UPDATE -- The Pirate Bay announced on Friday that an attacker exploited a security hole in the peer-to-peer directory's blogging software to copy a list of the site's usernames and passwords.
The site, which allows visitors to search for files offered by members via a BitTorrent peer-to-peer network, currently has 1.4 million members that offer for download -- or "seed" -- various videos, audio and game files, many of them pirated. While site operator Peter Sunde, who uses the pseudonym "brokep," warned users to change their passwords, he also said that decrypting the password file will likely take a long time.
"We still prefer people to change their passwords from time to time," Sunde stated in response to comments left on the Pirate Bay's blog. "All the passwords are encrypted very hard, so (are) the emails and so on. As someone pointed out in on Digg, we've been through raids before, and we know that we want to protect the users."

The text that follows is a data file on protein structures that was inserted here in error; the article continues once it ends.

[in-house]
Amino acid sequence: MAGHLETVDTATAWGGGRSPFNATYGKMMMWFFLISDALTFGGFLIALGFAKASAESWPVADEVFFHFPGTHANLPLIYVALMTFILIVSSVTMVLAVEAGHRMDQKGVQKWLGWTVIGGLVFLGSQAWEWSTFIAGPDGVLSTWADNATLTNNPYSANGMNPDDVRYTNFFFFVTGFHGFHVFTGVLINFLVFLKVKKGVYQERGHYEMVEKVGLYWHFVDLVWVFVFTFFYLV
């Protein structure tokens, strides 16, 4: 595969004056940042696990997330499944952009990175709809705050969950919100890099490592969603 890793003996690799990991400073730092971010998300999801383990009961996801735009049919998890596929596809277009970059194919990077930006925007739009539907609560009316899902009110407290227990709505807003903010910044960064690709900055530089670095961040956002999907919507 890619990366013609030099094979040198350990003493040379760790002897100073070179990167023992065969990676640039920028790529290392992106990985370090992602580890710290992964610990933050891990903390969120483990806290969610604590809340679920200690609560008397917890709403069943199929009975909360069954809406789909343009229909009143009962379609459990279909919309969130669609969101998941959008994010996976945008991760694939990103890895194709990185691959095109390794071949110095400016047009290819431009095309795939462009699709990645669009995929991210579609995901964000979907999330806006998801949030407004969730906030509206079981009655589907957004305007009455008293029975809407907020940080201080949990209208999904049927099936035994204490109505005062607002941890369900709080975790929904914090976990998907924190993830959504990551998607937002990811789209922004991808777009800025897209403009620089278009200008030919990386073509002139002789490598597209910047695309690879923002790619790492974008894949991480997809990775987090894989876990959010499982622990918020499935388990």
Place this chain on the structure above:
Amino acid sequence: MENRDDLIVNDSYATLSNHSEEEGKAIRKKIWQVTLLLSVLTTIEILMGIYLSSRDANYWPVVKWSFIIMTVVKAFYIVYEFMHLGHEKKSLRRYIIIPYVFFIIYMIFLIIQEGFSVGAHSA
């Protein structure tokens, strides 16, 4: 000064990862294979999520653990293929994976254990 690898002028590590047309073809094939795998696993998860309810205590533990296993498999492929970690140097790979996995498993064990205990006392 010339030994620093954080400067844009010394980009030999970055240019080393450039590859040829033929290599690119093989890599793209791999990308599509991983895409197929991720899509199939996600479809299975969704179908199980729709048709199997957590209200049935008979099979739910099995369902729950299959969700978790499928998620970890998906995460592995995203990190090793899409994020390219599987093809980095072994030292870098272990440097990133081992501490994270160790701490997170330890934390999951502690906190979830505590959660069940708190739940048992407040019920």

The Pirate Bay is a well-known BitTorrent tracking site started by a Swedish anti-copyright organization in 2003, but became managed separately by "dedicated individuals" in October 2004, according to the site's published history. Swedish authorities raided the organizations servers, based in Stockholm, in May 2006, but the torrent tracker was back online three days later.
According to Sunde, some "kids" found an SQL injection vulnerability in the site's blog and used it to compromise the system. The Pirate Bay detected the attack, but Sunde would not give details about the intrusion. The site's operators also found that the attackers had submitted the file containing the account information back to the Pirate Bay's torrent tracker.
The operators of the site apologized on Friday for the security breach. "Sorry for the mess, but we are all human and we miss something sometimes," Sunde stated.
UPDATE: The article was updated at 11:30 a.m. PST with addition information provided by Peter Sunde, operator of The Pirate Bay, in an e-mail interview with SecurityFocus. The original article was posted at approximately 7 a.m. PST.
Posted by: Robert Lemos